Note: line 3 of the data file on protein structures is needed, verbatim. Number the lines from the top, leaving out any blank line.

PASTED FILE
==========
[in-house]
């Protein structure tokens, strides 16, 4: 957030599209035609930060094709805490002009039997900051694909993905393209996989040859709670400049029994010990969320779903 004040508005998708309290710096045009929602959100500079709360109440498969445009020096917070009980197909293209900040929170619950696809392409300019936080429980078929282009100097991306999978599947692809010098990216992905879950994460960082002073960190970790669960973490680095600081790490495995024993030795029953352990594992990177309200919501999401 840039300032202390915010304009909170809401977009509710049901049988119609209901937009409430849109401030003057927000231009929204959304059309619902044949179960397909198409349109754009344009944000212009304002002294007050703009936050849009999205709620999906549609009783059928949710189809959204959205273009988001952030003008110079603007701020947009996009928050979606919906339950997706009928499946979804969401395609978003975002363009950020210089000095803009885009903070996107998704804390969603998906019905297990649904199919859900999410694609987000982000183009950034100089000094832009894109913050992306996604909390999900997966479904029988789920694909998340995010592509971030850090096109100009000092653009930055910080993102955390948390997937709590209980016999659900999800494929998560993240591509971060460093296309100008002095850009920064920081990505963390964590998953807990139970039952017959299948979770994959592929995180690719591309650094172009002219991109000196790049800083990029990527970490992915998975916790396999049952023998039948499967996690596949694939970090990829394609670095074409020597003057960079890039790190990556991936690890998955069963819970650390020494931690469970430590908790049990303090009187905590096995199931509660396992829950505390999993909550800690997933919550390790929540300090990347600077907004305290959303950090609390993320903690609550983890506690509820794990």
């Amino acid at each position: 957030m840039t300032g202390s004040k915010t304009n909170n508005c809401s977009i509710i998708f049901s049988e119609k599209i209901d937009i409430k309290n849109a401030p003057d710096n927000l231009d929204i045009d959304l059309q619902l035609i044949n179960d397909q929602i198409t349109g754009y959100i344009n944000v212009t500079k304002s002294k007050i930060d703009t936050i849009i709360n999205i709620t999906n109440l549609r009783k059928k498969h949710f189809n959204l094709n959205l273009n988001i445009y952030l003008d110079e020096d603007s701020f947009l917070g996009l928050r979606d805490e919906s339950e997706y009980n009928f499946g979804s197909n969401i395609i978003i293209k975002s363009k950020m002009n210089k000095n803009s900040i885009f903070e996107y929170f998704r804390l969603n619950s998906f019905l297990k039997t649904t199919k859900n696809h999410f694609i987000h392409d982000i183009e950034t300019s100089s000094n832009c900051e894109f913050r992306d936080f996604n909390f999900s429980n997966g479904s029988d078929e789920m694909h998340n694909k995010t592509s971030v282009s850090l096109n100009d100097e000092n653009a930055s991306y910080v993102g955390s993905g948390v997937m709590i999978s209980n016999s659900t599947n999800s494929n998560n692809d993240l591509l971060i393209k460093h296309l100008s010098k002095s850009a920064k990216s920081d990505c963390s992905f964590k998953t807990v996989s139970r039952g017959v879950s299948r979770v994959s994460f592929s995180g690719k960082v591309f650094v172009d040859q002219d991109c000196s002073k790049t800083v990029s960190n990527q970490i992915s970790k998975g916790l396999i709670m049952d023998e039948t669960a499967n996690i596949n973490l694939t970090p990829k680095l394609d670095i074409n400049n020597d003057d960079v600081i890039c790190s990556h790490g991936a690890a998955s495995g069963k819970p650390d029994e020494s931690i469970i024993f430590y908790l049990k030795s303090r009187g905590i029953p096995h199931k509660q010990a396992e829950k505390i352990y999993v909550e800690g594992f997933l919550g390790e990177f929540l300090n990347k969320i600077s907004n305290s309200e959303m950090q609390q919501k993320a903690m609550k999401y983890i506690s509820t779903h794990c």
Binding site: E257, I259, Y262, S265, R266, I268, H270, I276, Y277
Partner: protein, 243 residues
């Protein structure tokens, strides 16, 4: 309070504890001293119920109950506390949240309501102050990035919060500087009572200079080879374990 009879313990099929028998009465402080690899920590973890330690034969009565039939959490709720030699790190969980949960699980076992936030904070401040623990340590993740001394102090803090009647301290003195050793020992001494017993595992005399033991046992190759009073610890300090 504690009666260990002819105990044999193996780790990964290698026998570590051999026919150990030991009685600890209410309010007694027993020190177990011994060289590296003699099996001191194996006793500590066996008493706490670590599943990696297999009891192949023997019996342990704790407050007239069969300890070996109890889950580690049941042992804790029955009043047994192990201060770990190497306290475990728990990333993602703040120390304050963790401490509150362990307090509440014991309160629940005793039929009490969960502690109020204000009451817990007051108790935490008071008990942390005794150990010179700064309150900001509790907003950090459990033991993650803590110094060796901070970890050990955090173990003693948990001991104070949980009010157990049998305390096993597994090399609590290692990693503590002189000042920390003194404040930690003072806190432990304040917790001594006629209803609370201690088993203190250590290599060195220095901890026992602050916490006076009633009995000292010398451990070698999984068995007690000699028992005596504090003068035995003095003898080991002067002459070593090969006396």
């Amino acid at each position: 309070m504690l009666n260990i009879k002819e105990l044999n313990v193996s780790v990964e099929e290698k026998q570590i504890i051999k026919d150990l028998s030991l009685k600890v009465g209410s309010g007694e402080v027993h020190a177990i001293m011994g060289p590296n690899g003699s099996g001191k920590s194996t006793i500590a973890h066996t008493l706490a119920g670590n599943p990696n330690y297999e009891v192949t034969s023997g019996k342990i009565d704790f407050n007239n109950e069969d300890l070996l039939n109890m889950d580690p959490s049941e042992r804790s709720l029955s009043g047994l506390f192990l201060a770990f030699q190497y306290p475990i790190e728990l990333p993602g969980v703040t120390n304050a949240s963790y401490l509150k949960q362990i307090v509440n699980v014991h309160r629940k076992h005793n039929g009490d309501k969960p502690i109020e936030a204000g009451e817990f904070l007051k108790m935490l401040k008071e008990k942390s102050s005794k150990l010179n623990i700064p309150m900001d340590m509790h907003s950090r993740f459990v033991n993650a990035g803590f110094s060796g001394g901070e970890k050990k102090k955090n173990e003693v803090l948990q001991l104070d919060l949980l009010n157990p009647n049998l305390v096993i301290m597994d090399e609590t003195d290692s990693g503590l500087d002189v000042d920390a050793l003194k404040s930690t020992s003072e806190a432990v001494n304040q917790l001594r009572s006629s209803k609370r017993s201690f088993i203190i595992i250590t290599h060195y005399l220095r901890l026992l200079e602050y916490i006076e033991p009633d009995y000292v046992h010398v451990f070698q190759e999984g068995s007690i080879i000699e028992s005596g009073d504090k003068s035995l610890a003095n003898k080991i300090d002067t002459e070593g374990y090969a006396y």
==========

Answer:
């Amino acid at each position: 957030m840039t300032g202390s004040k915010t304009n909170n508005c809401s977009i509710i998708f049901s049988e119609k599209i209901d937009i409430k309290n849109a401030p003057d710096n927000l231009d929204i045009d959304l059309q619902l035609i044949n179960d397909q929602i198409t349109g754009y959100i344009n944000v212009t500079k304002s002294k007050i930060d703009t936050i849009i709360n999205i709620t999906n109440l549609r009783k059928k498969h949710f189809n959204l094709n959205l273009n988001i445009y952030l003008d110079e020096d603007s701020f947009l917070g996009l928050r979606d805490e919906s339950e997706y009980n009928f499946g979804s197909n969401i395609i978003i293209k975002s363009k950020m002009n210089k000095n803009s900040i885009f903070e996107y929170f998704r804390l969603n619950s998906f019905l297990k039997t649904t199919k859900n696809h999410f694609i987000h392409d982000i183009e950034t300019s100089s000094n832009c900051e894109f913050r992306d936080f996604n909390f999900s429980n997966g479904s029988d078929e789920m694909h998340n694909k995010t592509s971030v282009s850090l096109n100009d100097e000092n653009a930055s991306y910080v993102g955390s993905g948390v997937m709590i999978s209980n016999s659900t599947n999800s494929n998560n692809d993240l591509l971060i393209k460093h296309l100008s010098k002095s850009a920064k990216s920081d990505c963390s992905f964590k998953t807990v996989s139970r039952g017959v879950s299948r979770v994959s994460f592929s995180g690719k960082v591309f650094v172009d040859q002219d991109c000196s002073k790049t800083v990029s960190n990527q970490i992915s970790k998975g916790l396999i709670m049952d023998e039948t669960a499967n996690i596949n973490l694939t970090p990829k680095l394609d670095i074409n400049n020597d003057d960079v600081i890039c790190s990556h790490g991936a690890a998955s495995g069963k819970p650390d029994e020494s931690i469970i024993f430590y908790l049990k030795s303090r009187g905590i029953p096995h199931k509660q010990a396992e829950k505390i352990y999993v909550e800690g594992f997933l919550g390790e990177f929540l300090n990347k969320i600077s907004n305290s309200e959303m950090q609390q919501k993320a903690m609550k999401y983890i506690s509820t779903h794990c």